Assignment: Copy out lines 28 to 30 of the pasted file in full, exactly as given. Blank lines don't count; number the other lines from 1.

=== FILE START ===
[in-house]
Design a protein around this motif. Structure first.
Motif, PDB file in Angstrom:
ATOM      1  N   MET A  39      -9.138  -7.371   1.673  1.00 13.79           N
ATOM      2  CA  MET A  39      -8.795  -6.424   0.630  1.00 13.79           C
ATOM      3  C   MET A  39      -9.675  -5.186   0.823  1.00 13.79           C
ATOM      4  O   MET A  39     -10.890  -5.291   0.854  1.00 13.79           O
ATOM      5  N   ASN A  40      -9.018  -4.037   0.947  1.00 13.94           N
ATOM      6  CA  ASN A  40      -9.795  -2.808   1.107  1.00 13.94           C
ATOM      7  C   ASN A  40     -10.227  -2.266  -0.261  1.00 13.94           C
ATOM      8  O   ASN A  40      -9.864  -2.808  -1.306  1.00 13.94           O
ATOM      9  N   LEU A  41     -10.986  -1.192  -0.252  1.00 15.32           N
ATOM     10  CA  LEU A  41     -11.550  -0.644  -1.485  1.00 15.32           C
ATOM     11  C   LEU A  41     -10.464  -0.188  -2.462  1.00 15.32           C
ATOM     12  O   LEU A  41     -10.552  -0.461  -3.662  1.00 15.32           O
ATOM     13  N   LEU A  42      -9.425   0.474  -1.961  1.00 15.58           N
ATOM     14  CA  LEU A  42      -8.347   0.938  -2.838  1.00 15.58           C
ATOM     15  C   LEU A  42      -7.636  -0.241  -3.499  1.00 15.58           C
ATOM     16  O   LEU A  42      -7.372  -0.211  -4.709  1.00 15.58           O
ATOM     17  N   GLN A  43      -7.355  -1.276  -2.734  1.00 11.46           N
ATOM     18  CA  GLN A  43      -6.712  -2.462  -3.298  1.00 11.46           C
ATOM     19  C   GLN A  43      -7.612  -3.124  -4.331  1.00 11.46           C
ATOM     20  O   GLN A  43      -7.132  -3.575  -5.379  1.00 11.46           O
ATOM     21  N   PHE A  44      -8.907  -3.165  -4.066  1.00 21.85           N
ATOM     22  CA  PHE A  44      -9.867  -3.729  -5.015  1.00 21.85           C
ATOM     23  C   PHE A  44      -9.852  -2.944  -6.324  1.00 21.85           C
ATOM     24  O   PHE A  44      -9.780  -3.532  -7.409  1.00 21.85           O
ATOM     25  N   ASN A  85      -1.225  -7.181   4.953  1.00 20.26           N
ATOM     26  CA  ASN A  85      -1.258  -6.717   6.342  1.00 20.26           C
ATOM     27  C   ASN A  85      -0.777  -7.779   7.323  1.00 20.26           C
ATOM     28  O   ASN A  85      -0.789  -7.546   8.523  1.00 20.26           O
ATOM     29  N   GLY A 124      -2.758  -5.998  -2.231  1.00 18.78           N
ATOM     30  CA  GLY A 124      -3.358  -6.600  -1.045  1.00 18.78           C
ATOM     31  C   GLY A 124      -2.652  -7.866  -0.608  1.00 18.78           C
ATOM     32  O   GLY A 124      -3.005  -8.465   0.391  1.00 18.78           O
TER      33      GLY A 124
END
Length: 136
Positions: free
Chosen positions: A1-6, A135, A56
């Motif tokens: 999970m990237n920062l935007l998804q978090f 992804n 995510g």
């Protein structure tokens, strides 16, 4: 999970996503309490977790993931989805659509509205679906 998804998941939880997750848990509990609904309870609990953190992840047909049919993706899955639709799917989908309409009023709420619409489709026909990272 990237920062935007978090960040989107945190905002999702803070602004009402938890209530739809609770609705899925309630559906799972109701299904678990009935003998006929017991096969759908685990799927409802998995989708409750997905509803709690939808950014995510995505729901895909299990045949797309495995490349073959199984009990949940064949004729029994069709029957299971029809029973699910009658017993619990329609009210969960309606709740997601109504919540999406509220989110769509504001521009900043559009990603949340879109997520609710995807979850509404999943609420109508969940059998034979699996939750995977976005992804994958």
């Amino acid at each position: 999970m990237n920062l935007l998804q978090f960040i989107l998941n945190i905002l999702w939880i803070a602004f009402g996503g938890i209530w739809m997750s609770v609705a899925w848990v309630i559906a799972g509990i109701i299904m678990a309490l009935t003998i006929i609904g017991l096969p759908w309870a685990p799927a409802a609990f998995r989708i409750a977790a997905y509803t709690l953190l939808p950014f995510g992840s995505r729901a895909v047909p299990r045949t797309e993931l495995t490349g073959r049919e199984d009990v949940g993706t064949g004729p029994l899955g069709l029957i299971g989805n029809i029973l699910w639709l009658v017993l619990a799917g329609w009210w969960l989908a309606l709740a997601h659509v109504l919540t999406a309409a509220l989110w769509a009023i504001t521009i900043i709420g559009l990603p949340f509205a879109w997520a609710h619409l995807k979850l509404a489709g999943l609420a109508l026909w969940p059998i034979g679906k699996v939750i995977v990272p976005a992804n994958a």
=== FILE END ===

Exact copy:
ATOM     25  N   ASN A  85      -1.225  -7.181   4.953  1.00 20.26           N
ATOM     26  CA  ASN A  85      -1.258  -6.717   6.342  1.00 20.26           C
ATOM     27  C   ASN A  85      -0.777  -7.779   7.323  1.00 20.26           C